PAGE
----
How is it that you can open hundreds of bottles of wine over a few months and not find a single candidate for Wine of the Year.... and then one night, with a juicy, braised leg of lamb, you open several reds – and they are ALL candidates for Wine of the Year!?
In early January, Carol made an aromatic, braised leg of lamb, which we served to visiting Toronto restaurateurs and to local winemaker friends.
For the occasion, I served the impeccable 2001 Antinori Guado al Tasso Bolgheri, which, opened 14 years after harvest, exhibited a harmonious balance of fruit, acid, length, polish, finesse -- and did I say, enjoyment?
Wow. A gawjus beverage filled with coffee notes, herbal underbrush, thyme, blackcurrant and myrtle. A blend of Cabernet Sauvignon, Merlot and Cab Franc, in proportions that must have been blended by an archangel, which would explain the sacramental notes and trumpet-y sounds, which the wine inspired.
Also served with the lamb: the 2004 Fontodi Flaccianello della Pieve which was no less impressive. Also a 97-point wine.
It would be hard to make a Sangiovese-based wine richer, or more perfectly mature.
An elegant, refined, memorable hunk o’ flavors: rich, ripe red fruit, exotic Middle Eastern spices, and a long, lovely, red-inspired , wine-y finish.
Then when our guests clamored for more, I descended to the cellar to pull a rabbit out of the hat – I grabbed a Chateauneuf-du-Pape, the 2004 Vieux Telegraphe.
This was a sumptuous mouthfill of wine, with oodles of life, gobs of ripe fruit, a hint of leather, a touch of tar. Sorry, Italianos, this jumped the shark: a 98-point wine experience if ever there were one.
One of my best wines of the year had only been released into the marketplace a week before I tasted it at the winery in Piemonte where it is produced.
Giacomo Conterno produces 5,000 cases of liquid gold, but the top label is Monfortino Riserva, an exquisite Barolo, a blend of angel secretions, and sunlight.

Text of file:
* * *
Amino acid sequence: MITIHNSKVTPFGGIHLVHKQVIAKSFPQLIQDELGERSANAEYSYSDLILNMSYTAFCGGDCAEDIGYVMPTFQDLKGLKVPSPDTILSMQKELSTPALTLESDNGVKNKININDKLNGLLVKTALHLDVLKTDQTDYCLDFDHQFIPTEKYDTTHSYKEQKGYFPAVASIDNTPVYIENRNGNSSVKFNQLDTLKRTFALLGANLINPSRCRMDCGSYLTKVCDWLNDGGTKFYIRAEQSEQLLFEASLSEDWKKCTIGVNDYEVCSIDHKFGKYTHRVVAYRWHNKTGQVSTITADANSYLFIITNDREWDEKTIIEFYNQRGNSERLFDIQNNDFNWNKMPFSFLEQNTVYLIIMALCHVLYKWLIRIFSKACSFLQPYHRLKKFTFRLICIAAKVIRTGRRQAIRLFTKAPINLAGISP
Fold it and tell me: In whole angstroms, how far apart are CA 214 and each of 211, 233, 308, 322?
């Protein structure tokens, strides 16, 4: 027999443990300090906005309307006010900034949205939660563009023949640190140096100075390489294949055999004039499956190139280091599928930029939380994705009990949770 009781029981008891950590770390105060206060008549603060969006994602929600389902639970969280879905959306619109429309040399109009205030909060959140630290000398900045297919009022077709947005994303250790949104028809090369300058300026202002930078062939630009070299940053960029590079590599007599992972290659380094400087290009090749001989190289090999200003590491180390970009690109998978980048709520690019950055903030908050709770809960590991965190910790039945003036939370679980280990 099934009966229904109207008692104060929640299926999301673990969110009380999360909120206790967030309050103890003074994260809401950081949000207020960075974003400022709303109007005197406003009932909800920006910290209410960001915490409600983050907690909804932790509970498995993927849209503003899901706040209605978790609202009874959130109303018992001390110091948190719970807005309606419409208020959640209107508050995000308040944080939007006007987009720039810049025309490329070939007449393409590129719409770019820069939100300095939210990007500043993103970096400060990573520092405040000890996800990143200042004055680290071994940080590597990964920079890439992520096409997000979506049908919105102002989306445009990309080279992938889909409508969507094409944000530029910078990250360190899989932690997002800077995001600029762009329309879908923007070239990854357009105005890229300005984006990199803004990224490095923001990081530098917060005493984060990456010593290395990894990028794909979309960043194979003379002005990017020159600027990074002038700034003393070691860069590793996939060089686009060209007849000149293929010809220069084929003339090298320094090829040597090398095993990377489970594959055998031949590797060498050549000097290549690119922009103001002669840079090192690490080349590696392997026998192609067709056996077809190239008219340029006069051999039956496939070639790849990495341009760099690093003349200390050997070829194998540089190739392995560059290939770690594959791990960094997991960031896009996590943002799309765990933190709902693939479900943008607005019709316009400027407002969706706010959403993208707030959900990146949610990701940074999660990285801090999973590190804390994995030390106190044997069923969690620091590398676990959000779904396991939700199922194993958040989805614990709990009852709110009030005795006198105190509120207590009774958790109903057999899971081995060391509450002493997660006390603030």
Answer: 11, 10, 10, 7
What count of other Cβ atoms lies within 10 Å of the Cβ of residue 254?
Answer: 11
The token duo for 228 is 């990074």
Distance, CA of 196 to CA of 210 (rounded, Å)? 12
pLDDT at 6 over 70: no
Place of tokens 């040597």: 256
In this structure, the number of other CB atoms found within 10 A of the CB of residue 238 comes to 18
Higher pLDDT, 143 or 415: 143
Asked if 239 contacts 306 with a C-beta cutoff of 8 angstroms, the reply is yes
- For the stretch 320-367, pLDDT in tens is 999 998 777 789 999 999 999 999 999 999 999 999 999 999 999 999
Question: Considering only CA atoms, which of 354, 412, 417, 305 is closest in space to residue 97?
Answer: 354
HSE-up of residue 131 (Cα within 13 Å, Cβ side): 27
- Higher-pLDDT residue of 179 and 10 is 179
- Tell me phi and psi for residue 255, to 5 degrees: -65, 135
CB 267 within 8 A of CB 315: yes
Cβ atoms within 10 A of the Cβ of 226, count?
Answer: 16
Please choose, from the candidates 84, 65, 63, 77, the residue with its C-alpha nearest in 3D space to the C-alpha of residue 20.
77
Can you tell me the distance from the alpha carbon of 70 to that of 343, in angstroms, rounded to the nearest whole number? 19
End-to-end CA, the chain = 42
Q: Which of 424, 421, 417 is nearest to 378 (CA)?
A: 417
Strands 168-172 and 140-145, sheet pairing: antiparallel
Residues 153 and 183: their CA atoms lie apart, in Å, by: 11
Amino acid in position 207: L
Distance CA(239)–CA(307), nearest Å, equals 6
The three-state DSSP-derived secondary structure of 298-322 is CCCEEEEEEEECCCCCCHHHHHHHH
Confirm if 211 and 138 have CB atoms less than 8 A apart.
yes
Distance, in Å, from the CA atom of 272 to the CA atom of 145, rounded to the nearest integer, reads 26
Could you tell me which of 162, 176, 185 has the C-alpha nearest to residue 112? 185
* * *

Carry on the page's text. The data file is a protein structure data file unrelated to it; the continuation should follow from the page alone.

I tasted dozens of Barolos during my visit to Piemonte this past fall, but nothing was in the league of Giacomo Conterno’s Barolos, which were in Barolo country as DRC is to everything else in Burgundy.
The 2008 Monfortino Riserva Barolo was the single best wine I tasted in Italy.
I said it before and reiterate here: If you could have as a gift, a Tesla or a few cases of this 2008 Barolo… you’d be faced with a really hard choice to make.
This is an extremely complex, extremely nuanced, extremely memorable wine. You can’t stuff more Nebbiolo into a Barolo, and you can’t make a wine more addictive. 100 points.
This is the second consecutive year in which the 2004 vintage of this Chateauneuf-du-Pape wine has merited a Best Wine of the Year award.
Last year, a 2004 bottle of Roger Sabon’s Secret des Sabon Chateauneuf-du-Pape was also one of my Top Wines.
The bottle this year was opened on a chilly December evening just a week ago, served with Thanksgiving leftovers. The bottle provided one of the year’s best, most profound, most pleasurable wine experiences.
There’s not a single element missing in this beverage, from the first sip through to the swallow... and it shines harmoniously at all the moments between the attack and finish; there is fruit, harmony, joy, elation, and unctuous pleasure in this wine.
If permitted, I would rate this wine 102 points. But as it stands, given the limitations of the American scoring system, Alain Benquet, the consulting winemaker, will just have to settle for 100 points. Good job, Alain!
May all readers enjoy a hearty holiday ahead with their families; may you enjoy some great wines these next few weeks and well into 2016.
Good cheer and good health to all!